July 30, 2011

Saturday July 30, 2011

by Laura Scavo

Shabbat Shalom SOS! We woke up late and almost missed layning, but luckily we made it just in time. Yoni, Jesse, Daniel, Reuben, Aviad, and Noah Horn did wonderfully with their portions, each one reading beautifully and receiving subtle thumbs-ups from the girls. We had Kiddush with members of the synagogue and had the opportunity to visit and learn about the oldest synagogue in Greece, Etz Chaim, which is 100 years old. It was very interesting since it was set up with the aron ha’kodesh and the bima at opposite ends of the room since the synagogue was designed according to Romaniot customs. Rabbi Tessler commented on how nice the arrangement of benches in the men’s section was, as they were positioned so that members of the congregation were across from each other. The president of the Jewish community of Athens, Benjamin Alabas, also spoke to us about how much he appreciated our efforts in helping the Greek Jewish community. He hopes that Greek teens will be able to participate and attend the SOS trip in the coming years.

We had lunch at the newly opened Chabad center, which we had attended for dinner on Friday night. Rabbi Mendel Hendel, who had planned and supervised the creation of the center, joined us for both meals and told us about his plans for the future of the Jewish community in Athens in regards to the center. He hopes for it to be a sort of community center, with Shabbat meals every week, a kosher supermarket, and learning rooms for the community to learn more about Judaism. We were lucky enough to attend the first meal hosted by the center on Friday. We ate, sang, introduced each attendee of the meal, and learned about the Torah portion of the week, which had to do with journeys. The main emphasis was that it is important to appreciate both the journey and the stops taken along the way. This relates to our trip in a very personal way, as we spend a lot of time traveling to get to our destinations. Everything from long bus rides to rest stops can be meaningful, as we have come to know each other from spending time together on boats and planes and buses, and we have become closer from braving public restrooms together and taking care of each other when someone is really thirsty but forgot the Euro required to buy a drink. We’ve come to realize that the travels and pit stops along the way are sometimes just as meaningful as the planned activities we participate in. An example of this occurred later in the day, after we had a break at the hotel.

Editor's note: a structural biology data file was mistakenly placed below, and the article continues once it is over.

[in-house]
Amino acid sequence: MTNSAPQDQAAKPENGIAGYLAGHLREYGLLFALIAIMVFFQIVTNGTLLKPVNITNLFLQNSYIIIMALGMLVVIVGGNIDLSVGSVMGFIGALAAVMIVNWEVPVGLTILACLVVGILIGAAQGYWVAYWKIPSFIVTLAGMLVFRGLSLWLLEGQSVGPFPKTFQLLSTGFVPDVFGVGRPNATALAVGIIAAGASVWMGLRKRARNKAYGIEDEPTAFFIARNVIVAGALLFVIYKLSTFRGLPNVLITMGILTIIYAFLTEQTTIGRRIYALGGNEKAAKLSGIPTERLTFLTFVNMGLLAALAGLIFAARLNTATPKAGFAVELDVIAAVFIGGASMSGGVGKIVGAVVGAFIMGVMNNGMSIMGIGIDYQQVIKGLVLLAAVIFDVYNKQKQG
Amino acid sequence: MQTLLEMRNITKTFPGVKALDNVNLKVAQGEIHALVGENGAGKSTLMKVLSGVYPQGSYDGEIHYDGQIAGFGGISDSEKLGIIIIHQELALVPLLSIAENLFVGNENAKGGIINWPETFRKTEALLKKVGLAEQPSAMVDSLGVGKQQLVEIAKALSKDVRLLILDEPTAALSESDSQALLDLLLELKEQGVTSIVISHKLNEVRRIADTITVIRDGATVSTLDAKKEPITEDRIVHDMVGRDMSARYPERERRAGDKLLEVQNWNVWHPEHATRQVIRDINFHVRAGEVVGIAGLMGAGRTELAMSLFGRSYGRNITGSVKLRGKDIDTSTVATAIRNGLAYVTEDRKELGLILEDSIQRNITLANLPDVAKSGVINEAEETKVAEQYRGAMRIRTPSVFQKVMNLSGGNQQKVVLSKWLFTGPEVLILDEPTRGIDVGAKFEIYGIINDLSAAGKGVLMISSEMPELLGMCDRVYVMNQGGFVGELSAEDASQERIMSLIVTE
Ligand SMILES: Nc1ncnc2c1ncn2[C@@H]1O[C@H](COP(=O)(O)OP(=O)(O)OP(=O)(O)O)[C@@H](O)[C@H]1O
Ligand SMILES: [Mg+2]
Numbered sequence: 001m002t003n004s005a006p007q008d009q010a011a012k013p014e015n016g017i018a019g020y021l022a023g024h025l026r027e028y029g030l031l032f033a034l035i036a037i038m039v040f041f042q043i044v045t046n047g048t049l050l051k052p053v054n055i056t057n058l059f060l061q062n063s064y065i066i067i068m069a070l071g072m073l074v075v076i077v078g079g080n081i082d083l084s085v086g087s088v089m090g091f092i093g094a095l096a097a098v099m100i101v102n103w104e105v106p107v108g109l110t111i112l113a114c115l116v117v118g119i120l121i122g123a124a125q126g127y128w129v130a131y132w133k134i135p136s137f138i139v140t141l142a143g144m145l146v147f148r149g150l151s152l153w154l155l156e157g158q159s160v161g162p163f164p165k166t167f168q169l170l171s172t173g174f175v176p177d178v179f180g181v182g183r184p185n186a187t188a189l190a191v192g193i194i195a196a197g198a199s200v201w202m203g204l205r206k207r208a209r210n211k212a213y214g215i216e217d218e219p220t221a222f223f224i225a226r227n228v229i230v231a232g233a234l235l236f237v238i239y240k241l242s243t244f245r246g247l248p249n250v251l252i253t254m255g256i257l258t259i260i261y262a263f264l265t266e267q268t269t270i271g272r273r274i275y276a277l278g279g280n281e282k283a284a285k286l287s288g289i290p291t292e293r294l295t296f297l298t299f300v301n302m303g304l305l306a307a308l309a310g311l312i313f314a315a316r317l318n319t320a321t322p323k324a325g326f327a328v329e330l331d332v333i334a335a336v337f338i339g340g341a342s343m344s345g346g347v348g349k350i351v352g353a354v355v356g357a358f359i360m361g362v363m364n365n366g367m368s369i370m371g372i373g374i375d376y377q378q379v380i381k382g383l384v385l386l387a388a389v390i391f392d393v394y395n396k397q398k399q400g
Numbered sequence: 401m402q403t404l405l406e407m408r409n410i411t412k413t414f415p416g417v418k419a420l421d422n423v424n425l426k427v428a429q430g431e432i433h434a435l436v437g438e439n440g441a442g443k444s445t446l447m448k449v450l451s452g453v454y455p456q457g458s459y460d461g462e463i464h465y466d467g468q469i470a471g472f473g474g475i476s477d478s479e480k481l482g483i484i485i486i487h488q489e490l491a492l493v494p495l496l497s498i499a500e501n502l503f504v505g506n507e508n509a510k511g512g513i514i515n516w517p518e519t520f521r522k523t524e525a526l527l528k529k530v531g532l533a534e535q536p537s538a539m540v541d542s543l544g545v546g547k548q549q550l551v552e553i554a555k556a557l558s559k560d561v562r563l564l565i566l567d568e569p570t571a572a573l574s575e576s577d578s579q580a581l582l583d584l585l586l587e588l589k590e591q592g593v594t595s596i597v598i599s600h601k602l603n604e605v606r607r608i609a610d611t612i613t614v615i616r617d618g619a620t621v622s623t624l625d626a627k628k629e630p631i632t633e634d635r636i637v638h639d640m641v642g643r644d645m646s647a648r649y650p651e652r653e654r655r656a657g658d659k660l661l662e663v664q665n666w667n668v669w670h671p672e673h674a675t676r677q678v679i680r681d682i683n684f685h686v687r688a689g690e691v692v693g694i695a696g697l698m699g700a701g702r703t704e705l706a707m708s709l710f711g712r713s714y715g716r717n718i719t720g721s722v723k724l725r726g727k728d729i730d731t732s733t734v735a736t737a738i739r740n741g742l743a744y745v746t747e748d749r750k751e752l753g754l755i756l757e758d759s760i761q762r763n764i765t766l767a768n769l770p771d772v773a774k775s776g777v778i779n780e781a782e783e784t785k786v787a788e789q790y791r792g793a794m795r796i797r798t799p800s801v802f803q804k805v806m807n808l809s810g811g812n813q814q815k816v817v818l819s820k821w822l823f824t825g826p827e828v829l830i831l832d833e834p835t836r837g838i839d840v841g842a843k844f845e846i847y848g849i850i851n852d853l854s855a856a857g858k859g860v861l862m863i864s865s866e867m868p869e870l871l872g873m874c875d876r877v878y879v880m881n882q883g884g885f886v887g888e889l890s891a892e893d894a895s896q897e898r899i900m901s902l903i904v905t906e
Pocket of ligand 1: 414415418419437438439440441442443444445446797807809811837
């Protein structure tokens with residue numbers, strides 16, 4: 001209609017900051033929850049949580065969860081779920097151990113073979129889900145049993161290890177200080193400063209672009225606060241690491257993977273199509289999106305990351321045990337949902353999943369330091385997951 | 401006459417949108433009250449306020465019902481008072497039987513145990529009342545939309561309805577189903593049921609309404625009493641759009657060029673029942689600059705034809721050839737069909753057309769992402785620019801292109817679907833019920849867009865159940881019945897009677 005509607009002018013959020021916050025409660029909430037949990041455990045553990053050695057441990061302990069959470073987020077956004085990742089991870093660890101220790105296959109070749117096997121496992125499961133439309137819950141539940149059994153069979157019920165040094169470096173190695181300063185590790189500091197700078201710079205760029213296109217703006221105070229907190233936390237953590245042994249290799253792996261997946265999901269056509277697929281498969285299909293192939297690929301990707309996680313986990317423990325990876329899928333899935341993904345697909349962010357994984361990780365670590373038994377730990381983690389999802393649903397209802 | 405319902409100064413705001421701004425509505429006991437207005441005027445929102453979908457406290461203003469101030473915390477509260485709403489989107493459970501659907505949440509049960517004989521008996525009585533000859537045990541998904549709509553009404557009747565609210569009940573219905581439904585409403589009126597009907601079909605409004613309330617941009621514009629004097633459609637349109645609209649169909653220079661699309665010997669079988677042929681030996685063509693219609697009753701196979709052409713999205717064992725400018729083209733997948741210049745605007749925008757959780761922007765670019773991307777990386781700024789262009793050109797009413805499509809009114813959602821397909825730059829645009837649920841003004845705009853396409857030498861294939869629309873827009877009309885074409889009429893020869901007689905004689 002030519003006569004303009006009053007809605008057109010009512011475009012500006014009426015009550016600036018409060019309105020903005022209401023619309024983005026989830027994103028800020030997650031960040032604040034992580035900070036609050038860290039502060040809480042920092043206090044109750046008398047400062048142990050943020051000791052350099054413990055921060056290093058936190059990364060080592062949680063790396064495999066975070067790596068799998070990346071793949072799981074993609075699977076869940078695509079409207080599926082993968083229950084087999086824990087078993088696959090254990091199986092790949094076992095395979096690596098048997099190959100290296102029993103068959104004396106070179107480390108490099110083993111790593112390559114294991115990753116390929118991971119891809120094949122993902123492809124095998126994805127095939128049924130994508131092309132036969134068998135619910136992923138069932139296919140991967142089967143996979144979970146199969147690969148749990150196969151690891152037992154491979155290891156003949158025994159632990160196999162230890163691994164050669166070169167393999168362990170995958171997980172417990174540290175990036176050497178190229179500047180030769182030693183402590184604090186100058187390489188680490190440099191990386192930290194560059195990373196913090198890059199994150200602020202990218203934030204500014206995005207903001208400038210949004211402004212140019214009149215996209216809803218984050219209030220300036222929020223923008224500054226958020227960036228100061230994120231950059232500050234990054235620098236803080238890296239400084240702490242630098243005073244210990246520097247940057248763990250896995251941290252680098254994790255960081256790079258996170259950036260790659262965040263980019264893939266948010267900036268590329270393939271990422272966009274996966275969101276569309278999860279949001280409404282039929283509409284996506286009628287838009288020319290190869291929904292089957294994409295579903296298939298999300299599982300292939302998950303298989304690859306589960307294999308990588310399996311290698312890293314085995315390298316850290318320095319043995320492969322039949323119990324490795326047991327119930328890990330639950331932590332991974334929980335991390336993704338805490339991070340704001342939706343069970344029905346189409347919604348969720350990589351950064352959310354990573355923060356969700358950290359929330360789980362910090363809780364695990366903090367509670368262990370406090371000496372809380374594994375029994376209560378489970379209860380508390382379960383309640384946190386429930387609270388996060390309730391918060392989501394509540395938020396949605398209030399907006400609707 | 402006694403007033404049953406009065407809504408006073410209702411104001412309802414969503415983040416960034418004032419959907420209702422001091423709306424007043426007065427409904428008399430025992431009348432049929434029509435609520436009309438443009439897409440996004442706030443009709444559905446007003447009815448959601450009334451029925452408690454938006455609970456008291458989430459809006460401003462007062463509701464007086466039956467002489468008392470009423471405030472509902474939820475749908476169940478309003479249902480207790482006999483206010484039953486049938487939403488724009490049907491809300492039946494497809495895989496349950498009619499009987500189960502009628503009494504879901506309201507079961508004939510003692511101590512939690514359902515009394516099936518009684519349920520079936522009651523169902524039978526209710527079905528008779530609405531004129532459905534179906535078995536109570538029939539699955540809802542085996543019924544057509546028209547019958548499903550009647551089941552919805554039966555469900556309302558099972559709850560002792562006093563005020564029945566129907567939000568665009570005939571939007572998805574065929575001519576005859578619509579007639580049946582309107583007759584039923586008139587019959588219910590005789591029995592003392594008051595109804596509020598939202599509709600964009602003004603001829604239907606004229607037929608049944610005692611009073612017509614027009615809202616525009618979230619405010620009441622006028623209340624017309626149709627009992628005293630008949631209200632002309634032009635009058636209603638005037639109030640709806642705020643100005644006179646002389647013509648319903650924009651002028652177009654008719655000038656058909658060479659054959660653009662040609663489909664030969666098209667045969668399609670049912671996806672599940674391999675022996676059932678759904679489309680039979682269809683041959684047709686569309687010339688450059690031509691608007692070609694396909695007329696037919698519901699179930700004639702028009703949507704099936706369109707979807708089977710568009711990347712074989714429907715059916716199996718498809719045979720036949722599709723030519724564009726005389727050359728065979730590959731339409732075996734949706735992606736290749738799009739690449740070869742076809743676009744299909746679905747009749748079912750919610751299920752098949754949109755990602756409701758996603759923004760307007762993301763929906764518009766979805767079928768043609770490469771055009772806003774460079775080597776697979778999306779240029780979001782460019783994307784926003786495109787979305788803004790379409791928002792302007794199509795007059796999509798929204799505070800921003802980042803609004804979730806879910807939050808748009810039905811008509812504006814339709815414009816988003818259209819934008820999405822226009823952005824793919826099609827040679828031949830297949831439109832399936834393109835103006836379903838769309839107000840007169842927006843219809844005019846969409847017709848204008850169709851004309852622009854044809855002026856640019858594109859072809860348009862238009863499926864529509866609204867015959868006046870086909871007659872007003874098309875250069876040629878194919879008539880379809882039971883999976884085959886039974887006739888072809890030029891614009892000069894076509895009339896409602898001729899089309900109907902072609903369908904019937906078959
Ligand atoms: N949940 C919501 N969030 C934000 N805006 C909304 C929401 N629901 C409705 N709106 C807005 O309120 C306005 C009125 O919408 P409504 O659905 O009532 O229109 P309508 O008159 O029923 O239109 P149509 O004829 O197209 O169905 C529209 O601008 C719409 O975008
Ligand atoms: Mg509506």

The Break

After having slept very little the week before, Shabbat was the one chance many of us had to catch up. The rest of us, however, had other plans. My room, along with the other girls’ rooms, was awakened multiple times what sounded like and turned out to be a very enjoyable and rowdy game of Apples to Apples taking place in one of the boys’ rooms.

After our brief free time, we learned some Gemara at Seudah Shlishi. The section was about a Rabbi who, in a time of either emotional or physical illness, turned to another Rabbi for help. At a later time, the latter Rabbi needed help, and he received it from another. And so on. We learned from this that having someone who cares can mean the world to someone in need. Our discussions included the interpretation of the phrase “give me your hand”, which the Rabbis told each other when they were ready to help. Aviva noted that the text did not say let me help you or something to that effect, but specifically referred to physically taking the hand. She related this to our experience at the various homes for the elderly we have visited, as at each the people we met were eager to hold our hands while they talked to us. Rabbi Tessler told us that animals that are raised with limited access to physical touch were less prone to affection than those raised with more. He noted that as the trip has progressed, we SOSers have become accustomed to high fiving each other and rubbing each other on the shoulder or back during our more emotional experiences in an effort to comfort one another. He said that this really shows how we have come to care for each other and, in our own way, have become a sort of family (a slightly dysfunctional one, but a caring one none the less).